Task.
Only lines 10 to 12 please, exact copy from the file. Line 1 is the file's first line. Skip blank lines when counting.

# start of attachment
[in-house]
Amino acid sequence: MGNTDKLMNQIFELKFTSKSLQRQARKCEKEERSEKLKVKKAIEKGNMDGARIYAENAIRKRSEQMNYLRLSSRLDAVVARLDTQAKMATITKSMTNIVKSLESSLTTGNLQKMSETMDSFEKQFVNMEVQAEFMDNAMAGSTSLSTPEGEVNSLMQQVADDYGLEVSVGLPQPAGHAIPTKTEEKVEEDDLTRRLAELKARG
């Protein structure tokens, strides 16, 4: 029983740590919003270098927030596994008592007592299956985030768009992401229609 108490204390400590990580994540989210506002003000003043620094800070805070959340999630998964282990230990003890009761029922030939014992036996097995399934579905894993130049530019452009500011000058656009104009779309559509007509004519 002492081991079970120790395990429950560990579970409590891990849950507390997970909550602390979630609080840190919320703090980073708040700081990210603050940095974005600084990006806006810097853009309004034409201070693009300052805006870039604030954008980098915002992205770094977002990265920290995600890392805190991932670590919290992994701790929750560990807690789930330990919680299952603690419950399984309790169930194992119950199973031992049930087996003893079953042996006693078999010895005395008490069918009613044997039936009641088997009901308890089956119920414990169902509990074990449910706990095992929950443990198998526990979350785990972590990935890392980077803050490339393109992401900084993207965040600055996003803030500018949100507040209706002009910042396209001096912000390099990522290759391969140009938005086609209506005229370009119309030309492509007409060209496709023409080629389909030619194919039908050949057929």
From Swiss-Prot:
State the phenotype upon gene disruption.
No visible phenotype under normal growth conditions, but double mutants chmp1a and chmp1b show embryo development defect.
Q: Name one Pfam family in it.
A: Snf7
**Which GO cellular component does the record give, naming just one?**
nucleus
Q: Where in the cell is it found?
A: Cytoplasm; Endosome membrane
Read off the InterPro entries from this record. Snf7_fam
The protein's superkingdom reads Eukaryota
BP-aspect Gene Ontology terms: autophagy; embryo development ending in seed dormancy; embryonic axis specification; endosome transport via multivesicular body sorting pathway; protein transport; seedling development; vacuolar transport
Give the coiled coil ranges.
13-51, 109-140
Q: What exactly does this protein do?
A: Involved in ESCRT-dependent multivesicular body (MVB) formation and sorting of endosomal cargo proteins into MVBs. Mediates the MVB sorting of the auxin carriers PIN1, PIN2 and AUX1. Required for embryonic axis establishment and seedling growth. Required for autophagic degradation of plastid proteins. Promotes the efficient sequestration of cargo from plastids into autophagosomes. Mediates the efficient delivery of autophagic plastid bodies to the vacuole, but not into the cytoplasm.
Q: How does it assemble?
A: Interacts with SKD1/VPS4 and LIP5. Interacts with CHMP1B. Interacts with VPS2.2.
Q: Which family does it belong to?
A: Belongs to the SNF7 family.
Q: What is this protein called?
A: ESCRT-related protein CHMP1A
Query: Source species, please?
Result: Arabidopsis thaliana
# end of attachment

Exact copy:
nucleus
Q: Where in the cell is it found?
A: Cytoplasm; Endosome membrane